It seems fairly typical for my wargaming productivity to drop off in the summer. So what's my excuse this year?

Too Hot!
I have a bit of painting to do but have been reluctant to work on it. It's probably because my painting area is in my garage, which gets very hot and muggy in the South Florida summer months.

Video Games
I've gone on a bit of a video game kick lately. I mentioned the Untitled Goose Game. Recently, I started up a new game of Skyrim. 

Yes, I've beaten it before, multiple times. It's an old one but still a good one. It's satisfying my fantasy itch that I can't scratch with LARPing (thanks COVID).

While I can't LARP right now, I can still make preparations. My friend and I have had our fill of Amtgard, so we decided to create our own system. We're going to call our new kingdom Elzwehr (a take on Elder Scrolls' Elswehr).

The heraldry of Elzwehr
Right now, I've been working on a draft rules system, which not only includes combat rules but the in-game social hierarchy and eventually a simplified class system.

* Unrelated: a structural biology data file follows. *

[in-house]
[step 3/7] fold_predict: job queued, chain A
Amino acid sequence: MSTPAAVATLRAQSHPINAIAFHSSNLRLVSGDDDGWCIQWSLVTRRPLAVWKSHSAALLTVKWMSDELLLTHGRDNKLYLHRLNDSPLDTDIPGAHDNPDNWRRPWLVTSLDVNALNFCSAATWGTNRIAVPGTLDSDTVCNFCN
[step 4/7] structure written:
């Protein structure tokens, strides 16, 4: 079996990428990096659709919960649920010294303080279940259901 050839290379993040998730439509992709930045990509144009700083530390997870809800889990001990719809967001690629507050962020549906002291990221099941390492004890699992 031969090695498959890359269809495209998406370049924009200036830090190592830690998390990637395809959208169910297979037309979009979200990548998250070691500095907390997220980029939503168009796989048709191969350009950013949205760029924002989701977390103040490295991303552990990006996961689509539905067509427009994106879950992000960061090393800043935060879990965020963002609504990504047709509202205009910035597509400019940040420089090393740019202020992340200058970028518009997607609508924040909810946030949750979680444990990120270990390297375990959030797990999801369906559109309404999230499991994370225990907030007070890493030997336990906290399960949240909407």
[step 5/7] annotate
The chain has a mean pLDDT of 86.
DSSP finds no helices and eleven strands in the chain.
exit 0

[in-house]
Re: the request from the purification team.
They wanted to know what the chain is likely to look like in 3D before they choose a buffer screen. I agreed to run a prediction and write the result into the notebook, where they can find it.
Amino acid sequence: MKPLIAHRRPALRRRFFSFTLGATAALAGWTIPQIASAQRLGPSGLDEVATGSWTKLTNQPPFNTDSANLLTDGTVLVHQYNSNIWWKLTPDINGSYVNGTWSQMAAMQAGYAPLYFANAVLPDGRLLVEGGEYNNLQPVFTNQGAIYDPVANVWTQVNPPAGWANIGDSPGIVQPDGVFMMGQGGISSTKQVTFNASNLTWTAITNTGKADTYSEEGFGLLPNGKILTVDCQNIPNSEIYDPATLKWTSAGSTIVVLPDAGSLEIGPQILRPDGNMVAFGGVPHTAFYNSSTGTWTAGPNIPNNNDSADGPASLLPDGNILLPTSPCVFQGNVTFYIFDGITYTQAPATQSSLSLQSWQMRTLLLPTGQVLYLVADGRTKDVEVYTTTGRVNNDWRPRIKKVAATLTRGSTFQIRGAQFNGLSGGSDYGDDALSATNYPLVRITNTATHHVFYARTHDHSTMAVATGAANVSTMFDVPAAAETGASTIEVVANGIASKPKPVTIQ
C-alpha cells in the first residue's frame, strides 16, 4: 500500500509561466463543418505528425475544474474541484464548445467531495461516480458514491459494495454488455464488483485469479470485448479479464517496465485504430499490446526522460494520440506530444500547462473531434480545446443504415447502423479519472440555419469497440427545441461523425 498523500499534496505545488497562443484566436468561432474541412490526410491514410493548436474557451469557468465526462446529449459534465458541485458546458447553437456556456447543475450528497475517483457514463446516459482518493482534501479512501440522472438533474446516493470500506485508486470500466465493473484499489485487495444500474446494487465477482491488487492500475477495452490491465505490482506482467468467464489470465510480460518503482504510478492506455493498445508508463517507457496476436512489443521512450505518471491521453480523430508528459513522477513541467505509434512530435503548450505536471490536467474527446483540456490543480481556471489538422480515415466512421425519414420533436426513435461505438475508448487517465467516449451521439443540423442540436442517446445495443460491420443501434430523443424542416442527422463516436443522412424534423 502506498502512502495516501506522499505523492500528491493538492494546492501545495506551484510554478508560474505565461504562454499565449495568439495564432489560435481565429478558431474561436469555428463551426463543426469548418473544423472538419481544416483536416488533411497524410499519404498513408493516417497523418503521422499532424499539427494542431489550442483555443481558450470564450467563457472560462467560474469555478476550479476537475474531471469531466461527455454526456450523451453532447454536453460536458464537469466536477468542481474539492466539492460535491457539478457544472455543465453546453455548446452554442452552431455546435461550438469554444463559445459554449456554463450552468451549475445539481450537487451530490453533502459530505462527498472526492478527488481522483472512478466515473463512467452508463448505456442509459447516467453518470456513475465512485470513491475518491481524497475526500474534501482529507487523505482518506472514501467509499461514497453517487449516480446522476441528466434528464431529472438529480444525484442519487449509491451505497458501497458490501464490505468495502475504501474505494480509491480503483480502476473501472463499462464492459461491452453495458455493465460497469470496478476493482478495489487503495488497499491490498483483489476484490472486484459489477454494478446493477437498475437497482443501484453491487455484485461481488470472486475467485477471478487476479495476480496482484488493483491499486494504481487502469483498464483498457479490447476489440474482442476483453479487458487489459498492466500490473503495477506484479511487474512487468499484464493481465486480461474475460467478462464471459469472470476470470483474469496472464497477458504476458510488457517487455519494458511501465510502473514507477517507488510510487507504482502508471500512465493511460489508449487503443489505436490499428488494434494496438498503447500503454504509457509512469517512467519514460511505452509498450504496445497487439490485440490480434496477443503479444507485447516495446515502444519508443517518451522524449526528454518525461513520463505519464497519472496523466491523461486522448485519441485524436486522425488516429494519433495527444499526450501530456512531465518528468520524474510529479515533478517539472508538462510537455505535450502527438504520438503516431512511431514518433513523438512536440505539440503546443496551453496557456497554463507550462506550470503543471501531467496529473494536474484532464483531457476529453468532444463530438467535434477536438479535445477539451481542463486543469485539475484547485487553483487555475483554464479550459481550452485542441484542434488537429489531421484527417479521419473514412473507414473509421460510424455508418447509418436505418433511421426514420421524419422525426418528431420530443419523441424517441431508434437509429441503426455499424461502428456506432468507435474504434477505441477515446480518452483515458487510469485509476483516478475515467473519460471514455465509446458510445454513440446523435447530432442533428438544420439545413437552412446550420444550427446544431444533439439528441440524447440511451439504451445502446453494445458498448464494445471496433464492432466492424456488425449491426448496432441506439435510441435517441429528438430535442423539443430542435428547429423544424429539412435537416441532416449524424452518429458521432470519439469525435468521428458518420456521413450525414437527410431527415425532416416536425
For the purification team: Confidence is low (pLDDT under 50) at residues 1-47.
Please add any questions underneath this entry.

Wednesday, July 8, 2020

Untitled Goose Game

While this blog focuses on miniature and role playing games, I do enjoy video games and occasionally like to post about them. Recently I've been playing one that I just have to write about.

It's literally titled Untitled Goose Game.

It's a very simple game, but it is an absolute blast to play. You are a mischievous goose running amok in an otherwise quiet village. You have various tasks to perform, but you need to figure out how to complete them when opposed by irate residents. It's a masterpiece of a puzzle game.

UGG is available on the major consoles as well as for the computer (I played on the Nintendo Switch). Highly recommended!

Saturday, July 4, 2020

Assault on Fort Havacoolwun

It is becoming a tradition that I celebrate American Independence Day with a Revolutionary War battle. Rather than recreate a historical event, I decided to start a fictional campaign set in my home state of Florida. This is now the 3rd battle (spread over the past 3 years).